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Let's Talk Video Games

Who Moved My Cheese?

If you have a few mates around to watch a film, what do you put on?

A horror film? An adult comedy? Some dude-bro action? A bit of nerd-fest sci-fi?

More importantly: would any one of those films be anything less that a 15? Granted, you might scoop to the odd 12, such as The Dark Knight Rises, but I reckon you’d be playing it safe and pitching for a 15 or 18. I know that I would. In fact, when you’re on your own, isn’t it pretty much the same deal? Don’t you feel compelled to immerse yourself in adult content?

Wow. That came out all wrong. But you catch my drift. Ahem…

Now, forget we’re talking about films for a moment and replace the topic with games.

If I look through my collection, it’s by-and-large filled with 15 and 18 rated games. I say by-and-large; I mean entirely. I have a separate wallet for my kids, which is where all of the Sonic and Lego games end-up, but when they’re in bed and it’s my time to play, their wallet is the last place that I look.


Why am I forcing myself to play mature games? Why has my taste in games gone in one direction over these long years? Why does the thought of playing something that doesn’t feature blood, guns and zombies seem like an anathema? Why wouldn’t I put Finding Nemo on for me and the guys to watch over a few beers? Because I’d get a swift punch to the mangina, is why. And why don’t I watch The Incredibles when I’m on my own? Because I’d probably find a way to punch myself in the exact same place before beating my chest in an attempt to man-the-f**k-up.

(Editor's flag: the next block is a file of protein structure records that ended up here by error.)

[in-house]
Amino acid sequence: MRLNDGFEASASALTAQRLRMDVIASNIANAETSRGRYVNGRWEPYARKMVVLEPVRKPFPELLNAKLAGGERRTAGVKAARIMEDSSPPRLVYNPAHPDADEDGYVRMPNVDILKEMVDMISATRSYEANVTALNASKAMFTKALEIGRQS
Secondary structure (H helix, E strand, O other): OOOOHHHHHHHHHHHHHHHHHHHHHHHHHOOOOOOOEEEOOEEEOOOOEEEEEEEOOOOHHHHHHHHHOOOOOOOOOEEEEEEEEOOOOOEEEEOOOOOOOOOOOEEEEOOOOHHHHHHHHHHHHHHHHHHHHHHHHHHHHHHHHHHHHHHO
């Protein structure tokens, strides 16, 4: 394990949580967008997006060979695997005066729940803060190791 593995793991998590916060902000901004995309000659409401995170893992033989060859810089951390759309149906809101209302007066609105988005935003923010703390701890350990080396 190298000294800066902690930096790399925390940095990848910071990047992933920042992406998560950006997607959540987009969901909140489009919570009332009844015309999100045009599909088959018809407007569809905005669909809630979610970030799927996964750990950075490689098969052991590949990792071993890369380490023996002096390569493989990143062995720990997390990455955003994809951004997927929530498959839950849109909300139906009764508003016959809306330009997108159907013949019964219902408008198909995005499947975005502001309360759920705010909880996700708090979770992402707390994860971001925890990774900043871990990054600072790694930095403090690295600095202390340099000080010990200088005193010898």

We're watching WHAT?!

We’re watching WHAT?!

At VoxelArcade, we’ve recently been talking a lot about variations on a theme: losing our faith in games. Yet if you read between the lines, you’ll see quite clearly that the passion’s far from gone.

So what’s the problem?

Maybe it’s just that we’re looking in the wrong places? Maybe we’re just playing the games that we think we should be playing as opposed to the ones that would make us genuinely happy? Maybe our score-obsessed industry has driven us into this mentality? Maybe we’ve become so used to going to the same places to look for our cheese, that we failed to notice the stockpile running low and forgot the fact that sometimes you need to go out and look for more in the most unlikely of places?

Or maybe not. Maybe it’s just time to play a game?

And so as I thumbed through my wallet of death and destruction, I breathed a heavy sigh and resigned myself to the apparently mundane routine of adult gaming. My boys, on the other hand, clearly had different plans for me. Having left their wallet out next to the PS3, I happened to glance through, suddenly experiencing a whiff of excitement as I noticed Sonic All Stars Racing Transformed. I’d seen them play this many times – even played with them a bit when I was offered the chance – but the thought of sitting down on my own over a Guinness to play it when everyone else was asleep? What a mad, crazy idea that was…or was it?

The old rebellious streak in me reared its beautifully ugly head – and I’m more than a little glad that it did.

Put the shotgun down and step into the vehicle ...

Put the shotgun and the zombie down, sir, and step into the vehicle.

Playing Sonic All Stars Racing Transformed, on my own, late at night, was one of the most welcome breaths of fresh air that I’ve experienced in a long, long while. Somewhat tired and jaded by the ways in which Mario has monopolised the kart-racing genre; it’s one that I have long-since ignored. Somewhat numbed and desensitised by years of brutal violence and explosions; ‘kids’ games in general are something that I have largely ignored. And yet there I was, slipping and sliding around stunningly beautiful, insanely designed, rip-roaring roller-coaster-styled tracks with my car morphing into a boat one minute and a jet the next.

It was as though someone had surgically removed all of the amazing memories I had of Zoids, Thundercats, He-Man, Going Live!, Tiswas and Scooby Doo and distilled them into a fluorescent-blue fluid before injecting it into my eyeballs. With laughing gas. And sugar.